It is also interesting to look at the price of original Negators and judge foils. The judge foils are more expensive than non-foil originals, but the Urza’s Destiny foil Negators are worth more significantly more than the judge foils.

You know, I suspect Ben Bleiweiss will write about this soon. Hope I’m not stealing his thunder.

I had always thought that reprinting cards on the no-reprint list risked alienating dealers. After all, StarCityGames.com has invested lots and lots of dollars in their inventory, based on the assumption that Wizards would not suddenly flood the market with anything that would undercut the value of that investment. For example, at the moment, SCG has about 15 tournament-legal Black Lotuses in stock, selling for $750 – $2000. The buy price is $450 -$800 for Unlimited copies, and far more for Alpha and Beta Black Loti. SCG can’t risk buying these cards for this kind of money if there is any chance that Wizards will include them in M11, because that would mean that prices would fall through the floor.

I have always thought that if Wizards shafts the dealers in that way, then the dealers would not trust Wizards again. They would not risk investing in chase cards, which would dry up the supply of singles. No singles dealers would mean that getting cards for Constructed would be tough, and Constructed tournaments would suffer. As Constructed tournaments disappeared, drafters could not sell their cards, meaning that Limited would also spiral down, and Magic could easily fail.

Wizards may not get revenue directly from singles sales, but singles sales clearly support Magic as a whole.

But maybe that is overly simplistic. Maybe, if Wizards releases a limited number of restricted cards at a time, it could do so without harming Magic as a whole. I could speculate on that, but hopefully Ben will say more. Unlike me, he actually is a dealer.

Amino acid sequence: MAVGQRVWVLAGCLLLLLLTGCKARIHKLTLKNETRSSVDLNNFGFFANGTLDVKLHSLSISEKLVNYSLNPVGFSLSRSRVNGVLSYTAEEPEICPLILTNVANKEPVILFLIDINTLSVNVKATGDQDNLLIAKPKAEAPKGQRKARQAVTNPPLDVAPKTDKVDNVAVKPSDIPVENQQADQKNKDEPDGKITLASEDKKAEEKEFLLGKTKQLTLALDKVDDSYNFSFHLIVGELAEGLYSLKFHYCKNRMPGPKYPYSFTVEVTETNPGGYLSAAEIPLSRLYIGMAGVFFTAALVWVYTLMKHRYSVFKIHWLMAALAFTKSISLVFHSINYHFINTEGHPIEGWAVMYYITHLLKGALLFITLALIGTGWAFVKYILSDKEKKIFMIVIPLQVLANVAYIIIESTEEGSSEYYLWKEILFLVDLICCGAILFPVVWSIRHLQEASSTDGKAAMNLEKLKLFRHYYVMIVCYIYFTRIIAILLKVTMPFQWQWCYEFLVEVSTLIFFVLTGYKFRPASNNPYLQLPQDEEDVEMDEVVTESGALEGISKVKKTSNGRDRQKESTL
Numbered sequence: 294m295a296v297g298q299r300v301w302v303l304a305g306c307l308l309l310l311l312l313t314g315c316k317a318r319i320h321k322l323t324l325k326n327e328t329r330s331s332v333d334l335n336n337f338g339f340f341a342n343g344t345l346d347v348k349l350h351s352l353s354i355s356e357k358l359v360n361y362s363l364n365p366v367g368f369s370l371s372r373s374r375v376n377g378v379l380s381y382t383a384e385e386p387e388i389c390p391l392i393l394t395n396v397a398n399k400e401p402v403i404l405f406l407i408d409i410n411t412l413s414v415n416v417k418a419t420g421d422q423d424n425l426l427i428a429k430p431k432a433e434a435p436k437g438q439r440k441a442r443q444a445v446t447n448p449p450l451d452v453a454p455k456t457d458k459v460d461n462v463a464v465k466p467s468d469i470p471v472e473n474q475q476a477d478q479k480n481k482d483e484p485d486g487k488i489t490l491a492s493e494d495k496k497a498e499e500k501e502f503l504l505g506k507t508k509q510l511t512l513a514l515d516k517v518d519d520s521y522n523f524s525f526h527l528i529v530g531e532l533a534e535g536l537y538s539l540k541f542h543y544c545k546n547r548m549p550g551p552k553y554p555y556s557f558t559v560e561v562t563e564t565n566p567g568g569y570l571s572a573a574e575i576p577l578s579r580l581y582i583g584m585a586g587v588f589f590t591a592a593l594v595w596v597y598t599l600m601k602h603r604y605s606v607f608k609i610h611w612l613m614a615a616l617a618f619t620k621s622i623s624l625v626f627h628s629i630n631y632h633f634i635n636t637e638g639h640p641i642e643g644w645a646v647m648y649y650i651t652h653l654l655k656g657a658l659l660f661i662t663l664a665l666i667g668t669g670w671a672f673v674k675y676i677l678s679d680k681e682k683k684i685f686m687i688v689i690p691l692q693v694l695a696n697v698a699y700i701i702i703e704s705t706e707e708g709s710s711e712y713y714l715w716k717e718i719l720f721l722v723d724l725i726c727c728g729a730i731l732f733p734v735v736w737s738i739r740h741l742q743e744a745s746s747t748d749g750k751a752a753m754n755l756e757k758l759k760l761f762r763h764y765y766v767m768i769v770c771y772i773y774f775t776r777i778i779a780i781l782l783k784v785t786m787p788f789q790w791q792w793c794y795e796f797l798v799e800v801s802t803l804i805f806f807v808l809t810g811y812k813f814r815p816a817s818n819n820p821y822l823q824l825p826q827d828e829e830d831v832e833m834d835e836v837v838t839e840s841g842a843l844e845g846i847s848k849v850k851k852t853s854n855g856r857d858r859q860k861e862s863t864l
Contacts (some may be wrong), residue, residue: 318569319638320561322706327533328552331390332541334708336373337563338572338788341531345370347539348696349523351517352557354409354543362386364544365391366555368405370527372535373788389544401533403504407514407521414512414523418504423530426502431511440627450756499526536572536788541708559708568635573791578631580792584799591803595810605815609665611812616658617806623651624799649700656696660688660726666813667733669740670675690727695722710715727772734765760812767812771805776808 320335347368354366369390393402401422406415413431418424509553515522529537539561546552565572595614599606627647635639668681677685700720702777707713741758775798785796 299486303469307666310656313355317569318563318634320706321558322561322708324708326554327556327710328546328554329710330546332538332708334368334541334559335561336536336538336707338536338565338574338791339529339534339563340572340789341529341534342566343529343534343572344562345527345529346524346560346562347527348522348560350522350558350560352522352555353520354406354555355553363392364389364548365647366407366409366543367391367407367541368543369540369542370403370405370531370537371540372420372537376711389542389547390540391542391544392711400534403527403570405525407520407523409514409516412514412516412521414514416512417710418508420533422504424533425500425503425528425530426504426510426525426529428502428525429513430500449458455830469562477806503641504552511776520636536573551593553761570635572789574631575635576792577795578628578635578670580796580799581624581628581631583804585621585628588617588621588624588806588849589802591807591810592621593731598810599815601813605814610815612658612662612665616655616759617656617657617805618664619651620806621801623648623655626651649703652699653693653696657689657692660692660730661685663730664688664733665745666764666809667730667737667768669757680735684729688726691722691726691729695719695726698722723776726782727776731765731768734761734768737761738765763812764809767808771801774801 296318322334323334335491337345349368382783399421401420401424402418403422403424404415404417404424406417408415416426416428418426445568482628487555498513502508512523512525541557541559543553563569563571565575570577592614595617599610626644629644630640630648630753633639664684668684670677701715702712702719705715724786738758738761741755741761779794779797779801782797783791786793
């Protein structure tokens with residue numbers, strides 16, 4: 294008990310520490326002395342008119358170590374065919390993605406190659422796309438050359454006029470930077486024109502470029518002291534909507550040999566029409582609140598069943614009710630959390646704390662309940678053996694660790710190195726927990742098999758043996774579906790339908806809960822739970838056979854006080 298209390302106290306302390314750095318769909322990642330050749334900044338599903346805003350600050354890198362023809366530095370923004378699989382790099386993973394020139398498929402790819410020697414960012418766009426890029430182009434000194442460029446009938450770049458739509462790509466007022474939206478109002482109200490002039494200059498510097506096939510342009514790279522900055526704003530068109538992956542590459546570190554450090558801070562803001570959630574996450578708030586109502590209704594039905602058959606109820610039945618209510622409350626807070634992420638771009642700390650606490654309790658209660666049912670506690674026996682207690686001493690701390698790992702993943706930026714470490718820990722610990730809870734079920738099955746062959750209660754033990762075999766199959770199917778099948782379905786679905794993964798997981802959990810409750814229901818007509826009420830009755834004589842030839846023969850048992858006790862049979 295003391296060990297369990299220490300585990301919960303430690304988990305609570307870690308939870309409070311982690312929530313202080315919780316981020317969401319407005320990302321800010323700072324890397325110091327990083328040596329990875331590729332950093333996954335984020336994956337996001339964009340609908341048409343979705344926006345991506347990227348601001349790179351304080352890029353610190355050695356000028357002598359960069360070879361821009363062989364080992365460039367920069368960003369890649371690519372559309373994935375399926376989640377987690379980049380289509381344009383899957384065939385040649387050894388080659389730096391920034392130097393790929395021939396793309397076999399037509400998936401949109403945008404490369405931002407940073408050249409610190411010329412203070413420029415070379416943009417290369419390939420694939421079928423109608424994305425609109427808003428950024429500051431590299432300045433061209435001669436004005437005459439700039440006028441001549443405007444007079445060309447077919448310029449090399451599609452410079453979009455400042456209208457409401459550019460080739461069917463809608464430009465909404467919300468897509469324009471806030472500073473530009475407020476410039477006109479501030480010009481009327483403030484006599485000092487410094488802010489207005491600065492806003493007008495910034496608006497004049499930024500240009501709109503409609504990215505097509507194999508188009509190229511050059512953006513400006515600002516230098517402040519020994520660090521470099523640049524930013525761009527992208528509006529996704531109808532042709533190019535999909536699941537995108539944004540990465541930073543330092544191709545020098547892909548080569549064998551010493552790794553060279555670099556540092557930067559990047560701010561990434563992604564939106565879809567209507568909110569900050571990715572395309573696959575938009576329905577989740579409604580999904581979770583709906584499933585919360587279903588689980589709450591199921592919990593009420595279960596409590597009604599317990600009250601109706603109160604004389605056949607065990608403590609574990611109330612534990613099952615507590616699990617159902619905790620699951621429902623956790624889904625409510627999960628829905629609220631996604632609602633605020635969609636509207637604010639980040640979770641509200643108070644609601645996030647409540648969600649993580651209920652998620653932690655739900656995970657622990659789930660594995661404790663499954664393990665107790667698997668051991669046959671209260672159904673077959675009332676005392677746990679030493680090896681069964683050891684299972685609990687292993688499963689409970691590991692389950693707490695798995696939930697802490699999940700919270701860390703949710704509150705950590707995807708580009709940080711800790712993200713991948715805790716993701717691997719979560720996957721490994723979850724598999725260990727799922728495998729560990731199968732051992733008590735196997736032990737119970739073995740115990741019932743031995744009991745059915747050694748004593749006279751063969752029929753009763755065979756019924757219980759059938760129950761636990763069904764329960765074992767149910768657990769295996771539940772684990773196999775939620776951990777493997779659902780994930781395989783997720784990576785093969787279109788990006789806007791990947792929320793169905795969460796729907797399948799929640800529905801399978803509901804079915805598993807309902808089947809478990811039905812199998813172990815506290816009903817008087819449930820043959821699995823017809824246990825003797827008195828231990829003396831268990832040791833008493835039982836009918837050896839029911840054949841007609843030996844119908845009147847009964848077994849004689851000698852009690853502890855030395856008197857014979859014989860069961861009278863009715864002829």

Let’s assume that’s what Wizards is doing. Duel Decks: Phyrexia vs. the Coalition is intended to be an example / trial / test-bed / inaugural for controlled, limited releases of cards on the restricted list.

It will be controlled / limited. Wizards can control exactly how many copies of each Duel Deck are printed. Maybe that was the goal.

If so, then I’m sure Wizards has a very carefully worded explanation article scheduled to appear sometime soon. I would expect it to be in Maro’s column, or maybe something by Forsythe or someone from Brand. Either way, Wizards would explain exactly what has changed with the reprint policy, and what dealers can expect.

That article does not appear to be out, yet. If you ever wonder why Wizards hates unofficial spoilers, this is probably a pretty good example. By the time Wizards will get its own message out, it will be drowned out by the mashed and mangled versions coming from articles like this one – and from the forums.

Assuming that this is what is happening (and that we are not all being taken in by bad photoshoppery), then Wizards is re-releasing old cards. I see these old cards falling into four categories: bad, fun, once good, and staples.

The bad cards are just that — bad. They are overpriced, underpowered, or simply don’t do anything you would want to do. There is no reason at all to reprint these. No one wants a Sorrow’s Path — even a shiny one – in their Duel Deck. No one wants one anywhere else, with the possible exception of collectors. Collectors, however, will want the original, if that’s what they need to finish their collection of The Dark.